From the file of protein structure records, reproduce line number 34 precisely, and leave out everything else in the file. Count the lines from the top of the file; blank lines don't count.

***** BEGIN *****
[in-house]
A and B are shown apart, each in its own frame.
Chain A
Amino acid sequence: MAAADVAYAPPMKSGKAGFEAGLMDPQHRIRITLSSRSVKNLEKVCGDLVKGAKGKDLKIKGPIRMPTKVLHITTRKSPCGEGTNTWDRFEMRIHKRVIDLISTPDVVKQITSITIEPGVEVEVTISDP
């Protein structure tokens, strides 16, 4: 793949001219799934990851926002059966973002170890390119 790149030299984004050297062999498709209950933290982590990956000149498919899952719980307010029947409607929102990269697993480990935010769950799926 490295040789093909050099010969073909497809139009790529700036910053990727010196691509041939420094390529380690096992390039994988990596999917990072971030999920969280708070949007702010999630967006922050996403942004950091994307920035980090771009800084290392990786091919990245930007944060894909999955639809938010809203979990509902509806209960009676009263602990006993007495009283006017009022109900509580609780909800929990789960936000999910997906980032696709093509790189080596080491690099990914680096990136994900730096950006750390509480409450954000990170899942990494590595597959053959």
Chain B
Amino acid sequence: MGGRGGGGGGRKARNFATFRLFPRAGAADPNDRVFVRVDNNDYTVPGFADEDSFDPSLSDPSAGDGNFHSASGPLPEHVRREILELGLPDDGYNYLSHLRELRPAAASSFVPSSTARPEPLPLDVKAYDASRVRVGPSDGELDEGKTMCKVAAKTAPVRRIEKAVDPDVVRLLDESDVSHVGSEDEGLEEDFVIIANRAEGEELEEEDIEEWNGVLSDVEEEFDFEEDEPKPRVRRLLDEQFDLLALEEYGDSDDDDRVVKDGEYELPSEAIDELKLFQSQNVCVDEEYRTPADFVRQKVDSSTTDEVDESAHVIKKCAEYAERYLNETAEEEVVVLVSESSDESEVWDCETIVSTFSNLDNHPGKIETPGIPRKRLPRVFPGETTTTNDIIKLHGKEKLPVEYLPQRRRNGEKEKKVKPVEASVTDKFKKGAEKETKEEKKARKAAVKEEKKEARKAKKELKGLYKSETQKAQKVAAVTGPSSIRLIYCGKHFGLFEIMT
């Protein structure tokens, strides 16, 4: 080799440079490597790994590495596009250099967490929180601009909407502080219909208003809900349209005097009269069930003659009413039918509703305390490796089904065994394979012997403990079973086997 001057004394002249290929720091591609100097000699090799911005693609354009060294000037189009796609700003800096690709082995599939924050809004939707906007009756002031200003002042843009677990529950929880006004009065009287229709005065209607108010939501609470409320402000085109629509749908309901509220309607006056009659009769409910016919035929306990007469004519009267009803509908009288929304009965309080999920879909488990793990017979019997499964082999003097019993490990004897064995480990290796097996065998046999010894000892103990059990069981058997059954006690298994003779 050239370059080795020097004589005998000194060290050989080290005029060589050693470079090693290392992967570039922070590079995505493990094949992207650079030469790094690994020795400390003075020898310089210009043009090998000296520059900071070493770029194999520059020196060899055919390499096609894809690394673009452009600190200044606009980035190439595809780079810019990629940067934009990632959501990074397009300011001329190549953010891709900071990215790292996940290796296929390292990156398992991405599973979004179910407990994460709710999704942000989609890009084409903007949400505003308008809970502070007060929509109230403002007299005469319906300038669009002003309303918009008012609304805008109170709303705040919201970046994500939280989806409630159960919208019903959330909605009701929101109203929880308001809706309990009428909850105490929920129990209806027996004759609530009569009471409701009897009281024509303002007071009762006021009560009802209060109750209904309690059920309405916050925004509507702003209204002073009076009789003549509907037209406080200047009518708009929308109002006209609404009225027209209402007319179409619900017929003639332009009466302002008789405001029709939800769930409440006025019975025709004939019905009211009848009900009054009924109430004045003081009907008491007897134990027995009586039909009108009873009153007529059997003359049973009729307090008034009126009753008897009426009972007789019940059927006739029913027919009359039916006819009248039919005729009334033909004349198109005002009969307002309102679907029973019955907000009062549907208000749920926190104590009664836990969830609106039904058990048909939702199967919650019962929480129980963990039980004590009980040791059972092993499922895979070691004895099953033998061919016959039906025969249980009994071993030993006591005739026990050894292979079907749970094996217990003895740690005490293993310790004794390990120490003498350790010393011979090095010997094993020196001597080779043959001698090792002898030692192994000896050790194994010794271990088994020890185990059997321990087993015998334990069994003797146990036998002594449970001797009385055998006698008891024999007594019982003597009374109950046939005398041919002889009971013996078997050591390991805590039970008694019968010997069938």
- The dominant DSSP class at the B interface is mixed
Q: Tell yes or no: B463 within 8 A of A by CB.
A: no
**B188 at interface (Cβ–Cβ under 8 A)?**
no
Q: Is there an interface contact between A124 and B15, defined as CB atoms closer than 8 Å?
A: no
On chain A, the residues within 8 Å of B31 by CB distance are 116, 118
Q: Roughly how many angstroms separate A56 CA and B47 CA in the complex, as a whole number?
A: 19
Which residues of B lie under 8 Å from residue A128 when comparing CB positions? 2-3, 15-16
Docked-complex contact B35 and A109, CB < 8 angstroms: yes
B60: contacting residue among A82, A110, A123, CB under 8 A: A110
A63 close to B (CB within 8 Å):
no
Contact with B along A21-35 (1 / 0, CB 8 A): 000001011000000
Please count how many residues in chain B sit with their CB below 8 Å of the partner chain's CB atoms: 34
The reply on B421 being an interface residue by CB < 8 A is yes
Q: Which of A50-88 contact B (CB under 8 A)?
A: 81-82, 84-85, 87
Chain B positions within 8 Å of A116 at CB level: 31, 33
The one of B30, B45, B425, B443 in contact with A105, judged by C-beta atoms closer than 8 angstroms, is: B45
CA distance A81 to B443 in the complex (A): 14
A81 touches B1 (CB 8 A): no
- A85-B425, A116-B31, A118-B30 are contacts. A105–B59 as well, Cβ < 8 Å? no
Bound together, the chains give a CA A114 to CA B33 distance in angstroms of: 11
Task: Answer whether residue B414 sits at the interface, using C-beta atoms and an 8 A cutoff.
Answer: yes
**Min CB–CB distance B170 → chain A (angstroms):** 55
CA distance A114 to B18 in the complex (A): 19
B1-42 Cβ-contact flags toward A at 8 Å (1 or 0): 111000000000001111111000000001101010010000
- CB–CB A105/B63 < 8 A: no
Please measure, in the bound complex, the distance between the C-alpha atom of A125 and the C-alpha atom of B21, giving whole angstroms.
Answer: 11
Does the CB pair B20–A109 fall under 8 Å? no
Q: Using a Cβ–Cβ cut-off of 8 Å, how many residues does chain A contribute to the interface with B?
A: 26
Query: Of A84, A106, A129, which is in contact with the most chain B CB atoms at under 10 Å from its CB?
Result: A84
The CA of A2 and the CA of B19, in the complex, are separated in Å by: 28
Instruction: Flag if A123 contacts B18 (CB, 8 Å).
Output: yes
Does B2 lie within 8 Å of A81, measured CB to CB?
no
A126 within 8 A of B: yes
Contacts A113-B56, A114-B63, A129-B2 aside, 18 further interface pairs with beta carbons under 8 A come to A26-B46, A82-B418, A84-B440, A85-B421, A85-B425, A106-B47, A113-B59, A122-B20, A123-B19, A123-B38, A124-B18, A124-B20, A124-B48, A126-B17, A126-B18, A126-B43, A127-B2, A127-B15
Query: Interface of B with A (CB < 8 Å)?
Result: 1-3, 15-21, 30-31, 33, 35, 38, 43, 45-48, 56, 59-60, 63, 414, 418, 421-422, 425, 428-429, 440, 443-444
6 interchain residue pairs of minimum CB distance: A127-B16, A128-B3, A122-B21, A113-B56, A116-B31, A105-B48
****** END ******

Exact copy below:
Bound together, the chains give a CA A114 to CA B33 distance in angstroms of: 11